Endangered Mount Graham red squirrel numbers uncertain

This cute energetic ball of fur with a plume like tail is the endangered Mount Graham Red Squirrel,250px-tamiasciurus_hudsonicusredsquir_001 isolated for the last 10,000 years in a small area of coniferous forest on a southeastern mountain in the Arizona desert. Although to the untrained observer this squirrel looks similar to others, it has a unique shape, genetic make-up and behavioral characteristics.

An imported computer data collecting system is being used to take the few squirrels that are left the model to create a conservation strategy for the forest, assisting with planting and felling plans to help maintain a viable red squirrel population. The reds’ biggest threat is the introduced grey squirrel, which out-competes them for food and transfers a deadly virus.

In the U.S., the computer model is used to mimic population dynamics in response to different threats. The data collected will help evaluate and refocus existing efforts to save Mount Graham Red Squirrel. Although conservation measures are already in place, the numbers of squirrels continue to decline
Threats to the Mount Graham Red Squirrel’s threats primarily comes from an introduced species the Abert’s tree squirrel. It likes to eat similar types of food to the reds and steals the food middens(stores) they build to see them through the winter. It other threats to the pine squirrel include damage to its habitat by insects and huge forest fires, and predation from birds of prey like the Mexican Spotted Owl and the Northern goshawk, the bobcat and hunting by man.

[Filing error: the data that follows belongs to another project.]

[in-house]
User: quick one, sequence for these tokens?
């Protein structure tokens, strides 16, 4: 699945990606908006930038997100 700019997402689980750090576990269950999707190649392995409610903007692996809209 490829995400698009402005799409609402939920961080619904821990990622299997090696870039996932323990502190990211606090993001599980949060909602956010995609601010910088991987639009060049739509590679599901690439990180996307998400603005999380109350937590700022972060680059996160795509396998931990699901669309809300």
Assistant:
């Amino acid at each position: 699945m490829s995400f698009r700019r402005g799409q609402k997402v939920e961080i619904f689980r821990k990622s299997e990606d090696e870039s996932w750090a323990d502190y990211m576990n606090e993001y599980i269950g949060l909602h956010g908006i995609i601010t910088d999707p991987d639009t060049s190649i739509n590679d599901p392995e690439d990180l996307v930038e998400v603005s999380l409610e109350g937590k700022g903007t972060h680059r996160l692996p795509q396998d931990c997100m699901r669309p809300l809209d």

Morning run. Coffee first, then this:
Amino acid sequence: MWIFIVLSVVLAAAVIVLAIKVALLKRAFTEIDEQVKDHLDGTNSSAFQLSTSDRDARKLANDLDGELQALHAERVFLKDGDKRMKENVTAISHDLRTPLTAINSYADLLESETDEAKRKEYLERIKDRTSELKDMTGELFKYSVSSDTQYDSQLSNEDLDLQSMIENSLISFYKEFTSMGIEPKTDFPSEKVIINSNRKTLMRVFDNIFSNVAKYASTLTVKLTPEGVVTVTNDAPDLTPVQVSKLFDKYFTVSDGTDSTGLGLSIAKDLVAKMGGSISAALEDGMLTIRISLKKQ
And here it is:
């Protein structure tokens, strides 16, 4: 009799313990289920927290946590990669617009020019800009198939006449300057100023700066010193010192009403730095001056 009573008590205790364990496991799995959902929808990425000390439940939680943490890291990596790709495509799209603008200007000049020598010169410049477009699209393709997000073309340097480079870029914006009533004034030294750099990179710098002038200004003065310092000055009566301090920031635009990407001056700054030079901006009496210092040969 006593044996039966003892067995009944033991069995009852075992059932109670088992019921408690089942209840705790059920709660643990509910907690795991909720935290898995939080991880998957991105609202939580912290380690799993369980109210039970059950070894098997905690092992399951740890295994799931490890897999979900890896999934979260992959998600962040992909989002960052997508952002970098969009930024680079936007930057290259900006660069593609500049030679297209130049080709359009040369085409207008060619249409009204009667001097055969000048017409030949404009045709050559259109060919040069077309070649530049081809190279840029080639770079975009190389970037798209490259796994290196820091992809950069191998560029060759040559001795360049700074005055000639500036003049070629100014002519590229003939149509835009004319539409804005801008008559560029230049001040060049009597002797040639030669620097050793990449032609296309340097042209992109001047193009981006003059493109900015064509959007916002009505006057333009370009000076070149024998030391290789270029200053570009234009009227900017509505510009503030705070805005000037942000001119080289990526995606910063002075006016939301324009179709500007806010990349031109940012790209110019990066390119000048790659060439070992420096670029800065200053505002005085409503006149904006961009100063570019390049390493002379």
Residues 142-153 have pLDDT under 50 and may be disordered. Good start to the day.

John Koprowski, associate professor with The University of Arizona’s School of Natural Resources, and MSc student David Wood “said current conservation methods, such as limiting access to the mountain, restricting hunting and an existing squirrel refuge did not appear to be stemming the population’s decline. He said: “It’s very important that we preserve the Mount Graham Red Squirrel, which has survived since the last Ice Age. Its decline in recent years is an indication of something changing on the mountain, and we need to find out what it is.”

Koprowski added: “There are also important ecological reasons to save it – for example the squirrel’s middens are an important source of food and habitat for chipmunks, voles, and mice, and the forest would be quite different without these animals. Moreover, if we can’t save a species in a relatively controlled, isolated environment like this, it doesn’t bode well for effective conservation of other species in more complex situations.”

Excerpts Computers May Help Save Mount Graham Red Squirrel

High-tech computer modeling may help rescue the Mount Graham Red Squirrel from extinction.
– Claire Jordan, University of Newcastle upon Tyne    April 25, 2006

email press.office@ncl.ac.uk. Website: http://www.ncl.ac.uk/press.office

image courtesy of

excerpts from http://en.wikipedia.org/wiki/Pine_squirrel


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